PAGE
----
HIV and the opportunistic TB infection
Modelling HAART therapy against HIV and TB
A stochastic description of HAART, HIV and TB dynamics
Many natural and biological phenomena are intrinsically stochastic and discrete, and they can not always be properly described by means of a deterministic and continuous description. For instance, systemic emergent properties can be sensitive to the local presence of minimal (integer) quantities of molecules [34]. Roughly speaking, a stochastic model associates a probability to each state transition of the modelled system, expressed as a rate associated to the transition. Associated probability distributions are typically memoryless, and hence the overall system behaviour can be interpreted as a Markov Chain. Often, models are used to simulate possible evolutions of the system from initial conditions, [35].
Starting from the deterministic model of HIV, TB and HAART, we have determined a corresponding stochastic model. This has been done via standard transformation from deterministic rates into stochastic ones, according to a fixed reference volume of the model (see, e.g., [36]).
Assessing HAART therapy against HIV and TB infection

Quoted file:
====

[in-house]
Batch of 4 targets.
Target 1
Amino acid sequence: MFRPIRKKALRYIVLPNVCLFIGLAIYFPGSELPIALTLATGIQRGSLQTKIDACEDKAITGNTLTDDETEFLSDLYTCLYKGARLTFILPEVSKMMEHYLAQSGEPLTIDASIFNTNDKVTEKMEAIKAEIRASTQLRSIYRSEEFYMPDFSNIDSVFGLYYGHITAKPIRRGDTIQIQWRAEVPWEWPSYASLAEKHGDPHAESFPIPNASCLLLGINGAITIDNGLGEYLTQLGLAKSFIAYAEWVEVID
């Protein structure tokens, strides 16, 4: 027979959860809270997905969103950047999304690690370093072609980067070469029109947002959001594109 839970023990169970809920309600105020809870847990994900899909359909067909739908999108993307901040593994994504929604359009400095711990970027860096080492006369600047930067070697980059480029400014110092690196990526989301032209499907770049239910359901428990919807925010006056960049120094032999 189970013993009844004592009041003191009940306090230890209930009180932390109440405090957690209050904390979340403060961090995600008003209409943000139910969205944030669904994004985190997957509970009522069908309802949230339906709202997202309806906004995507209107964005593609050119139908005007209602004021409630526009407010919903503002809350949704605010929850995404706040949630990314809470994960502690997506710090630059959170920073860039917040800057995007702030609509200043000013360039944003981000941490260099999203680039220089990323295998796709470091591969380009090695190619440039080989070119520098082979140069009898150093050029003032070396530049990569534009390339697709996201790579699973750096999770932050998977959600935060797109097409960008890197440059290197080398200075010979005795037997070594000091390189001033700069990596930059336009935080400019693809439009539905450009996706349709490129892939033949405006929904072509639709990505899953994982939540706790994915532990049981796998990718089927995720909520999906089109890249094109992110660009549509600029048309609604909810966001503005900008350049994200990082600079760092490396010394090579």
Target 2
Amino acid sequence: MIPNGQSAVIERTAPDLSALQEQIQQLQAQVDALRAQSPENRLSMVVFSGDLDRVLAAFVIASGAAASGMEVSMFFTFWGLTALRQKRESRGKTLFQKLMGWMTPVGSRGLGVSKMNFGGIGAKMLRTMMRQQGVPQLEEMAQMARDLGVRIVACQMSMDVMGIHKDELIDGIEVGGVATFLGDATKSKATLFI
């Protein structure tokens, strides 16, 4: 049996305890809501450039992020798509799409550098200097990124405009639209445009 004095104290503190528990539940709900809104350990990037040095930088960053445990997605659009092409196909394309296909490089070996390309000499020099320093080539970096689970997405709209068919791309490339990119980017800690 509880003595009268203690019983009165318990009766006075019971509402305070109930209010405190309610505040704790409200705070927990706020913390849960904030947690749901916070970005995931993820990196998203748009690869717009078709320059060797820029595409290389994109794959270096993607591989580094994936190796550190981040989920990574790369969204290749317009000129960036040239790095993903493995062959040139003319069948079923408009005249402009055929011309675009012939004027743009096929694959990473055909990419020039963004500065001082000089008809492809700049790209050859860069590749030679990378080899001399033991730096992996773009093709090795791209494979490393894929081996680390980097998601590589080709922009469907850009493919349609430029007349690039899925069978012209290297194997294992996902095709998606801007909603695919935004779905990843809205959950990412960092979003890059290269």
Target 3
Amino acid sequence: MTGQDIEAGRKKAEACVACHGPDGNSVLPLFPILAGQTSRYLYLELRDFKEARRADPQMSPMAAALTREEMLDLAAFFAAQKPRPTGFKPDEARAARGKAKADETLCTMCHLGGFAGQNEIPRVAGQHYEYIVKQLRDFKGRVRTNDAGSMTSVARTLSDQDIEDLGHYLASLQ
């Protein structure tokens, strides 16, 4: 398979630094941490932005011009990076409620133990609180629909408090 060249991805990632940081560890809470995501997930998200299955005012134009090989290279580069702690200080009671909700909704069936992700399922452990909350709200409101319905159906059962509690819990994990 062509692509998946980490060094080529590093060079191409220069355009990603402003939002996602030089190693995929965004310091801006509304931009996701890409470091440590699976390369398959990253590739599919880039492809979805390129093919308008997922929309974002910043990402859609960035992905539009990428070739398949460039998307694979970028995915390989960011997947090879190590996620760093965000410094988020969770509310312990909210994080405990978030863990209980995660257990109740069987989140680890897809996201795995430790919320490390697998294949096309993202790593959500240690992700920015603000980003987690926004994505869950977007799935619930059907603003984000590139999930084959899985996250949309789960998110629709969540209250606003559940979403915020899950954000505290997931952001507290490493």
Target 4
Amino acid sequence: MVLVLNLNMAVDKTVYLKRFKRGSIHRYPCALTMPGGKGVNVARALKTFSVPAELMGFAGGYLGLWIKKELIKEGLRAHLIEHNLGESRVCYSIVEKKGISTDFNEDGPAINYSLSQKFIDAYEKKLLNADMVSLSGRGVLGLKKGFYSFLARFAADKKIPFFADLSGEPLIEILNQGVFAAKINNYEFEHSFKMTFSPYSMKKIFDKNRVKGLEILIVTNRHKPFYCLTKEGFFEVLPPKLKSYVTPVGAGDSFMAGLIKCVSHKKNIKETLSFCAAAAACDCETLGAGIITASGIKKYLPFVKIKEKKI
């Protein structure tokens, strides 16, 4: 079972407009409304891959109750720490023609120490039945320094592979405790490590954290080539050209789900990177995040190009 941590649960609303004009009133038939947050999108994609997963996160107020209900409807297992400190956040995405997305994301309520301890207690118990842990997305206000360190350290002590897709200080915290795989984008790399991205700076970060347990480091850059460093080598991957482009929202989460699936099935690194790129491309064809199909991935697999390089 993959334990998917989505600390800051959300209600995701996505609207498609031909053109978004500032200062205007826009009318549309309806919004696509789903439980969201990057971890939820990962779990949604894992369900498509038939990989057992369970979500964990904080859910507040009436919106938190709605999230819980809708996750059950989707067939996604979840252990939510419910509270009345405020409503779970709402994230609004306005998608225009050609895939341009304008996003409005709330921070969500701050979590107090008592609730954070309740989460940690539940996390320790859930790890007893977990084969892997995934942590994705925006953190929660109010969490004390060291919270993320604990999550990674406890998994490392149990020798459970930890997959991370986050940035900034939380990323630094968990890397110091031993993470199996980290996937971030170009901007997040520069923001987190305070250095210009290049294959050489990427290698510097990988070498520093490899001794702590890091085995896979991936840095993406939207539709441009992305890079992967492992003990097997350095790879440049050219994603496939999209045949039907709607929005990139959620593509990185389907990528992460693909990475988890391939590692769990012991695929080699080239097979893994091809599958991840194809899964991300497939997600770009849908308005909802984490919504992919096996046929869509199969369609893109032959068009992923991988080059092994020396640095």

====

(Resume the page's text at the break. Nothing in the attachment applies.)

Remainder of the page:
Observing the quantitative results of the stochastic simulations in Figure 4, one can have an idea about the fact that the HAART therapy is somehow effective. However, we discuss now an example on how it is possible to move from a correct and informative, but somehow empirical, interpretation of data, as the idea above, to a more precise and formal approach by specifying properties of interest as logical formulae. This has the advantage of requiring a definition of all the aspects of interest, of referring to a formal and unambiguous semantics, and of having an automated procedure for verifying formulae (as the one we adopted [20]). Differently, observations rely on the capability of properly interpreting the graphs, which sometimes may appear obscure and difficult to interpret. More details about the methodology can be found in the Methods section.
Therapy effects
We focus on two properties that can give a measure of the infection progression.
where R{"i_to_v"} represents the number of occurrences of an event labelled with i_to_v, i.e. the transition from an infected CD4 T cell to virus replication. The question mark says we are interested in determining the number of such possible occurrences in the model dynamics. C < 5.0 stands for the time interval;
Experimental results
Quantitative results from the automated verification of the effects of HAART therapy. While the number of viral replications due to CD4 T cell infection is comparable with and without HAART treatment for the time interval considered, a much stronger probability of a failure of the immune system, close to twice as much as, is observed without the HAART treatment.
HIV+TB | HIV+TB+HAART | |
---|---|---|
R{"i_to_v"} = ? [C < = 9.0] | 250 | 269 |
P = ? [F[5.0, 8.0]tc < = 20] | 0.885 | 0.429 |